The Galapagos Islands

Posted: December 2nd, 2013





The Galapagos Islands

The Galapagos Island is an archipelago that is located in the Pacific Ocean near the equator and which is part of the Republic Of Ecuador. The official name for the Galapagos is the Archipiélago de Colon, and the islands are volcanic in nature (Banting, 11). The islands are considered a province of Ecuador and where the main language spoken on the islands being Spanish.

The island has 13 main islands that at first were named by a pirate Ambrose Cowley after other pirates he knew. The scientist Charles Darwin changed the names of the islands to English upon his visit in 1835. The English names gained favor over the pirate’s way of naming and the islands retain their English names today. There are also three minor islands comprising the Galapagos as well as about 107 islets. The climate of the islands is mostly cool and wet, and the island frequently experiences rains and drizzles due to the Humboldt Current (Banting, 23).

The Galapagos Islands were discovered in the year 1535 by Fray Thomas de Berlanga accidentally when he sailed off course off the coast of Peru. At this time, he did not refer to the island by name, and it was not until the year 1570 when Abraham Ortelius and Gerardus Mercator named it Insulae de los Galopegus that roughly translates to ‘island of the tortoises’. This name was in reference to the enormous tortoises that had been spotted on the island. In the 16th century, due to its location between warring factions of the English pirates and Spanish ones, the island was used by the English pirates as a command post (Kras, 20).

By the year 1793, there emerged the first maps charting the island drawn up by Seaman James Colnet who also set up an unofficial post office in the islands given the growing number of whale hunters that were in the area. Here, seamen could drop and pick up mail whenever they were on particularly long voyages. This, however, came at a price; seamen herded the giant tortoises onto their ships for sustenance as these animals could reportedly go for months without needing food or water thus were a significant source of food. It is estimated that about 200,000 tortoises were lost in this way with some species of tortoise becoming extinct altogether.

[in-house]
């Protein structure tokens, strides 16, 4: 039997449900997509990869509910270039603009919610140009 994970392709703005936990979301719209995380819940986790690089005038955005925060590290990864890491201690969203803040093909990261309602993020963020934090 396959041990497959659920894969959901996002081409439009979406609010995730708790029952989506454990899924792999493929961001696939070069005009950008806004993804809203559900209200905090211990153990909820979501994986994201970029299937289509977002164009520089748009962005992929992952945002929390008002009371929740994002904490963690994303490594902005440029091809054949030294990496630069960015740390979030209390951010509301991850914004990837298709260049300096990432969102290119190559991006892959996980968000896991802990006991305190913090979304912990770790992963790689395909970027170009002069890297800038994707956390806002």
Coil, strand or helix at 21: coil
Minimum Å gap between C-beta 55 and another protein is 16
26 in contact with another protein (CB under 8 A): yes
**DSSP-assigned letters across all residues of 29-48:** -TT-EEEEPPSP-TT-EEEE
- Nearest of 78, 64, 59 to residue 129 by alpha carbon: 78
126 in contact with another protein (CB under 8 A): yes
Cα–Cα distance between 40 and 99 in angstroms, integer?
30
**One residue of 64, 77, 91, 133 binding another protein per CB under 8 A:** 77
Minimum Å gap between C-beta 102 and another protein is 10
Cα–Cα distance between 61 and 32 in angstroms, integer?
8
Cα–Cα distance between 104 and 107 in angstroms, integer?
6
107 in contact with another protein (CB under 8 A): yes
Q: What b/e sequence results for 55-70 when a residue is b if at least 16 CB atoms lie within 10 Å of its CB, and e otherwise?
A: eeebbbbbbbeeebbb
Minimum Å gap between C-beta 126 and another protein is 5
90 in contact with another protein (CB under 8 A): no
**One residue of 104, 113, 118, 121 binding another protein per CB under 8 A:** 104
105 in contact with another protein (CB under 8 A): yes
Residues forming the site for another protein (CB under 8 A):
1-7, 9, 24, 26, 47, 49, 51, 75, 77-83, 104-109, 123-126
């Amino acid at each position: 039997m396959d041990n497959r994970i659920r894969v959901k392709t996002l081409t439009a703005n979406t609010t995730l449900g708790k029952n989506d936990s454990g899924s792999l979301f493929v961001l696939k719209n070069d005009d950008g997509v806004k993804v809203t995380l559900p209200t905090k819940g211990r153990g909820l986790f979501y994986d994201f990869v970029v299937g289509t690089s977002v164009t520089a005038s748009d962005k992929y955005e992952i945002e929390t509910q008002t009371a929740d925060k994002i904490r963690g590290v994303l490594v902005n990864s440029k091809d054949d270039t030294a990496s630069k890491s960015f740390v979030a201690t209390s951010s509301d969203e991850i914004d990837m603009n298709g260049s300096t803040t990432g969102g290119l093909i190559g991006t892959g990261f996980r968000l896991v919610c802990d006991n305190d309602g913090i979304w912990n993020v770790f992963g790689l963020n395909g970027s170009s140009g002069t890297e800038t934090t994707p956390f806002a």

The first person to inhabit the island was an Irish sailor named Patrick Watkins who was marooned in the island of Floreana (Banting, 56). He survived by cultivating crops, hunting and trading with sailors who came to visit the island. By this time, the island was still being used as a post office and he stayed on the island for a total of eight years before returning to his home on a boat he stole, and at this point, the island remained without human settlement until the year 1830. In 1869, a Manuel Cobos set up a colony on the island for farming sugarcane for commercial use, but his reign was so tyrannical it led to his murder much later.

In 1813, a visiting captain David Porter made a recording in his log of the eruption of the Floreana, a volcano in one of the smaller islands found on the south east (Kras, 33). This is said to be the only known recorded eruption of the island. Captain porter also noted the differences in the designs of the tortoise shells with respect to which island they came from. On one occasion, he accidentally released a herd of goats into the island, which subsequently led to other pirates deliberately releasing goats in the island as a source of food for visiting pirates. The problem with this was that the goats reproduced so quickly that they were soon competing for food with the tortoises leaving the slower animals in danger of extinction from starvation.